* Stakeholders in the Nigerian telecommunication sector including the country's High Commissioner to Britain, Dr Christopher Kolade have condemned the high GSM tariffs in Nigeria at the 3rd Nigerian International Telecommunications Summit started in London yesterday.
In his welcome address, the High Commissioner had tasked participants at the Summit to discuss the key issue of high telecom tariff in Nigeria as compared to the quality of service: "When you provide a service, the cost of the service to the consumer is a critical factor in the sustained success of the service. It is true that when you start giving a service, the cost to the consumer may be high, because the ground has not been tested, but it must be the objective to lower the cost as much as possible so that they can expand the market. As you hear from the presentation, the market is large and it is there. In order to utilize the market to its maximum; you need to bring down the cost within the majority of the people in the market and that is the point I was trying to make."
* Mesh networks are the way of the future, as they put power in the hands of the consumer rather than the mobile operators, says Clickatell Development Manager Gary Cousins. Cousins, who will address Futurex Cape 2004: The Conference at the end of the month, believes mesh networks will be the way of the future. "People are already setting up their own WiFi networks around Johannesburg and Cape Town. With the legislation coming in next year, we will see more and more people converting to mesh networks. "The fundamental thing is the paradigm shift it will offer. The consumers will be empowered and will no longer be at the mercy of large telecoms conglomerates." In his presentation, Cousins will take a futuristic view of where telecoms is going, covering grid computing, mesh networks and peer-to-peer (P2P) networks. "It will be a different view of how telecoms is perceived today. With regards to P2P, I will look at Skype, and how it is a threat to global telecoms."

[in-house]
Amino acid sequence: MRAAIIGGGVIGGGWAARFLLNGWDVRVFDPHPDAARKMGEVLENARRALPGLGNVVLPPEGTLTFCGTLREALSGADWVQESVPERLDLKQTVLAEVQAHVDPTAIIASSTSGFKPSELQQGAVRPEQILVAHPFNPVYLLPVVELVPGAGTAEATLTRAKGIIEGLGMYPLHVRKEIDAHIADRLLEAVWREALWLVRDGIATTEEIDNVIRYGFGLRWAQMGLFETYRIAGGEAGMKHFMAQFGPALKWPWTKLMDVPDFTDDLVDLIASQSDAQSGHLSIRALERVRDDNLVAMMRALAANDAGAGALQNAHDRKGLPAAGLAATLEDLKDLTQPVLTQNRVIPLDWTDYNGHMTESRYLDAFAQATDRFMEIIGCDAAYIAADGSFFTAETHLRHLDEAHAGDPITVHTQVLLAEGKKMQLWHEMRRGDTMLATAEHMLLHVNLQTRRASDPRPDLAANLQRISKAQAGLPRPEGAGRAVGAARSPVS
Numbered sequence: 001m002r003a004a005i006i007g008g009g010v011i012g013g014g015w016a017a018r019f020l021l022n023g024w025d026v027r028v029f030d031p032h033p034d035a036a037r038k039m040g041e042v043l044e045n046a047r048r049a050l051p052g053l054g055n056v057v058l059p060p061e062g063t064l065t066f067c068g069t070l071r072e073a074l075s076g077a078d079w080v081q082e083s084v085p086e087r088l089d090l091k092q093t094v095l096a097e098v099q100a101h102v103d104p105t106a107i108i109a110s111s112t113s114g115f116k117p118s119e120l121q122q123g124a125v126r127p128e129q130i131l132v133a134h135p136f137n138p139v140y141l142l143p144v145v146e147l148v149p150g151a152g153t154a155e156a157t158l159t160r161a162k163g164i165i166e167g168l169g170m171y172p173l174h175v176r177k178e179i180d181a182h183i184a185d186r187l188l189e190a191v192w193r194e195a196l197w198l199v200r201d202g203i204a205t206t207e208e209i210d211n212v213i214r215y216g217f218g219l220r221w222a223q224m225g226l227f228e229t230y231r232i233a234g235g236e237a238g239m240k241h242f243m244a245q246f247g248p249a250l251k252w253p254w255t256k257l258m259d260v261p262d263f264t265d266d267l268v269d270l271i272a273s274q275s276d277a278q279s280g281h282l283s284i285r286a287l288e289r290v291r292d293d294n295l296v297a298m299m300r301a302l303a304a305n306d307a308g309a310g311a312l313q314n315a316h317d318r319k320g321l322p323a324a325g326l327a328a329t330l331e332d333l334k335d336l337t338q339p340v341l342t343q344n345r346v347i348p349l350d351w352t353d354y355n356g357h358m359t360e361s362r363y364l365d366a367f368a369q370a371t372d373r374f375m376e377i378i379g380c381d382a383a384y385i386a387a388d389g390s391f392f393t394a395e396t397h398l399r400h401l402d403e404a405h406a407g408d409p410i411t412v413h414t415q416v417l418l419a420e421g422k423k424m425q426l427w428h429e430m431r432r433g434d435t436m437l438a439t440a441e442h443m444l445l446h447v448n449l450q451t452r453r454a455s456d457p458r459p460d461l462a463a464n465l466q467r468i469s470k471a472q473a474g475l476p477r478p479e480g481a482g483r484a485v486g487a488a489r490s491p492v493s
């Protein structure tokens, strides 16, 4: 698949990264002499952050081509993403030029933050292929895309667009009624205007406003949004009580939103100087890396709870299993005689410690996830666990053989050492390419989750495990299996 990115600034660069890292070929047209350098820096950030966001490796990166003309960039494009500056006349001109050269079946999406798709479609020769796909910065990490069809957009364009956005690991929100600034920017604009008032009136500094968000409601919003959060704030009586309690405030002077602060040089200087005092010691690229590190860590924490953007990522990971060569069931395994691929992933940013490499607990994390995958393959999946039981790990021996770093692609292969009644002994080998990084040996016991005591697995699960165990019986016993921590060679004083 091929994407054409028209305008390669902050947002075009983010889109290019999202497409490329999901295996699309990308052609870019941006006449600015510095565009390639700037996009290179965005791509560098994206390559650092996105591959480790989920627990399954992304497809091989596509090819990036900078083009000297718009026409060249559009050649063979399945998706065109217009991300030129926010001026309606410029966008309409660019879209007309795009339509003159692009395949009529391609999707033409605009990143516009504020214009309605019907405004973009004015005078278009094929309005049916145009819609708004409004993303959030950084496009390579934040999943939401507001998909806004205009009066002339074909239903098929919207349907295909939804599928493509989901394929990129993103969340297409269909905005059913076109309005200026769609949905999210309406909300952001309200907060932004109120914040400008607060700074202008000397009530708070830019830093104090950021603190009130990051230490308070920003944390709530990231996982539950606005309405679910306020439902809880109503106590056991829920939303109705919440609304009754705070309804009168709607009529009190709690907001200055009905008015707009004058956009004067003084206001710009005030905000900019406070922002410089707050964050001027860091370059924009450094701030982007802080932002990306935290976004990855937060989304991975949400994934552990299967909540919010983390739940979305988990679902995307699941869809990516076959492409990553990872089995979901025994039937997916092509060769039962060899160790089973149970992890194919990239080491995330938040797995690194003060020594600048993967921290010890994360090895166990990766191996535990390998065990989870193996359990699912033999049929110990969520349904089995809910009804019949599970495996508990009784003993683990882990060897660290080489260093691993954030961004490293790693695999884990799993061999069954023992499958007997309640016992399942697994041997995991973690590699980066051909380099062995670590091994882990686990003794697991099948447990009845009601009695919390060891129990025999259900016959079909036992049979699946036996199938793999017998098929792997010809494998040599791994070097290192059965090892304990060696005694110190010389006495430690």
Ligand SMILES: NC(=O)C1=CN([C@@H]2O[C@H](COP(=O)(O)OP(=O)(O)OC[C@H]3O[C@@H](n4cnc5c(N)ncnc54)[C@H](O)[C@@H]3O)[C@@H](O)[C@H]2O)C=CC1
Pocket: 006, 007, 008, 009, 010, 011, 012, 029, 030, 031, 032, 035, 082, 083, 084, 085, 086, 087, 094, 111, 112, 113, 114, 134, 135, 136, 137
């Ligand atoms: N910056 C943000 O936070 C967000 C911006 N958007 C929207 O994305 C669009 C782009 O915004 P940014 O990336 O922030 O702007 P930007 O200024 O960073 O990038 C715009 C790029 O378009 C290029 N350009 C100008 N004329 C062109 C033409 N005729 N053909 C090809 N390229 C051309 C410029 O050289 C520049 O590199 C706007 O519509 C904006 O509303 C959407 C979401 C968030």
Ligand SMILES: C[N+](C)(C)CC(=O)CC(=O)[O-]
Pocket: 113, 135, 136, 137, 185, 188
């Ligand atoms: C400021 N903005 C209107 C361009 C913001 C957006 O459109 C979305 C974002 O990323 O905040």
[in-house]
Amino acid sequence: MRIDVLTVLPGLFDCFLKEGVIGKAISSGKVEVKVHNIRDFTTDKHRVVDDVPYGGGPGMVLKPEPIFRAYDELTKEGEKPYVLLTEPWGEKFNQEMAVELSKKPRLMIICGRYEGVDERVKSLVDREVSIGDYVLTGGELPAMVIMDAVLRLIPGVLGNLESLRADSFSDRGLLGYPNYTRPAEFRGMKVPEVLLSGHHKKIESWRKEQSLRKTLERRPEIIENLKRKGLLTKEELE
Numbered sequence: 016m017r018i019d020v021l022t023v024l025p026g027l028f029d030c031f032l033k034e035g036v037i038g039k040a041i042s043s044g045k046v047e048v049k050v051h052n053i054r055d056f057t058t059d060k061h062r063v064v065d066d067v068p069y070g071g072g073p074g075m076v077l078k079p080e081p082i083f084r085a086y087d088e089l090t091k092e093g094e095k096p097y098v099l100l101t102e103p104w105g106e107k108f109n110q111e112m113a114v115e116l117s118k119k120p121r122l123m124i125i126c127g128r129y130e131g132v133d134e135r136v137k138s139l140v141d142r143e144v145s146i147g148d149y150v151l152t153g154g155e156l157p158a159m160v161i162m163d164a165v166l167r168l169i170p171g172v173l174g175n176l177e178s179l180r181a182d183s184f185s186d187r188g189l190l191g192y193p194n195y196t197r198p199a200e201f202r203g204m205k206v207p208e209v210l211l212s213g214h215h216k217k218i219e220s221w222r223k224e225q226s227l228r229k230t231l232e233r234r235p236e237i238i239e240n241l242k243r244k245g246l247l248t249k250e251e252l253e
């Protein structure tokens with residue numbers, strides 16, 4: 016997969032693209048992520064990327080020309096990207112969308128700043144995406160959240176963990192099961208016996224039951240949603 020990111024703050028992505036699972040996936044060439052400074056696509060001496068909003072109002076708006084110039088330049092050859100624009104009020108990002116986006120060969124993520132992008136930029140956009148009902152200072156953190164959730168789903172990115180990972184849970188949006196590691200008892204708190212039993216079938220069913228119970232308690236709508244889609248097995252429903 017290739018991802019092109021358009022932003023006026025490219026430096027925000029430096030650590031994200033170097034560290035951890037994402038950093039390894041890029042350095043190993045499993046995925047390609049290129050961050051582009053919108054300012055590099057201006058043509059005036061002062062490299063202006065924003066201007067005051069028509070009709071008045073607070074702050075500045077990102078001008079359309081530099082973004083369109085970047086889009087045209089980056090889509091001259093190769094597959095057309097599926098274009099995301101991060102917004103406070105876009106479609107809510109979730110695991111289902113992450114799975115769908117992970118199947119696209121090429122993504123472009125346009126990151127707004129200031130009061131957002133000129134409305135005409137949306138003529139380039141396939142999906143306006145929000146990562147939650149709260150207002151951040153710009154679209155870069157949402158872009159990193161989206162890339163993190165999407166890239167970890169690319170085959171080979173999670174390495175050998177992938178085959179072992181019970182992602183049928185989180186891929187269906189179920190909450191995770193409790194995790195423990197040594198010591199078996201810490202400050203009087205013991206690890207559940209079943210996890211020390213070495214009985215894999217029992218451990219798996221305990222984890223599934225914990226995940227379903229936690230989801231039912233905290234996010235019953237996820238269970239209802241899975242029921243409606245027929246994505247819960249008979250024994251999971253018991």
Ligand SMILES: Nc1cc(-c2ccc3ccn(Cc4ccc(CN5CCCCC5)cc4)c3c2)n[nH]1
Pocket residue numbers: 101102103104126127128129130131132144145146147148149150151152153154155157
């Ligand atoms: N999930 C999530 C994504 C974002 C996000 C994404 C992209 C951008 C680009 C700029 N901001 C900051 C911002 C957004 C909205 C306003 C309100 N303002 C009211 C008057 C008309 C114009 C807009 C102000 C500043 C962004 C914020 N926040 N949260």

* Our first sighting of an iPod in sub-Saharan Africa outside South Africa: Aboubacar Kossomi of USAID in Niger was toting one at the workshop last week in Dakar on international ICT issues.
* On the move: Bjorn Anderson of Ghana Telecom who was conducting the negotiations with GISPA has retired…Nii Quaynor left NCS earlier this year to go and work for Enterprise Africa...Liberia Telecomunications Corporation has a new Managing Director who will take over from Acting Chairman Wesley Momo Johnson...Paul Shaw has resigned from Africa Online in Malawi and is concentrating on doing wireless work...Rogers W'O Okot-Uma has left the Commonwealth Secretariat and is now working for Commonwealth Informatics Resources...Webmaster of Guinea's Boubah.com Bah Thierno Khaliron is the proud father of a daughter born on 22 September.
* The South African Government has appointed four new non-executive directors to the Board of Telkom: Dumisani Tabata, Richard Tenza, Veli Ntombela and Thenjiwe Chikane. Three of the new directors are replacements for non-executive directors whose three-year terms recently came to an end. The outgoing directors are Peter Moyo, Tlhalefang Sekano and Rick Menell. Chikane is replacing Themba Vilakazi, who has resigned from the Telkom board. Tabata is a director of a King William's Town-based firm of attorneys, Smith Tabata, while Tenza is a certified public accountant and director of consulting firm Global Business Equilibrium. Ntombela, a tax specialist, is a director at accounting firm Sizwe Ntsaluba, and Chicane, a chartered accountant, is CEO of MGO Consulting.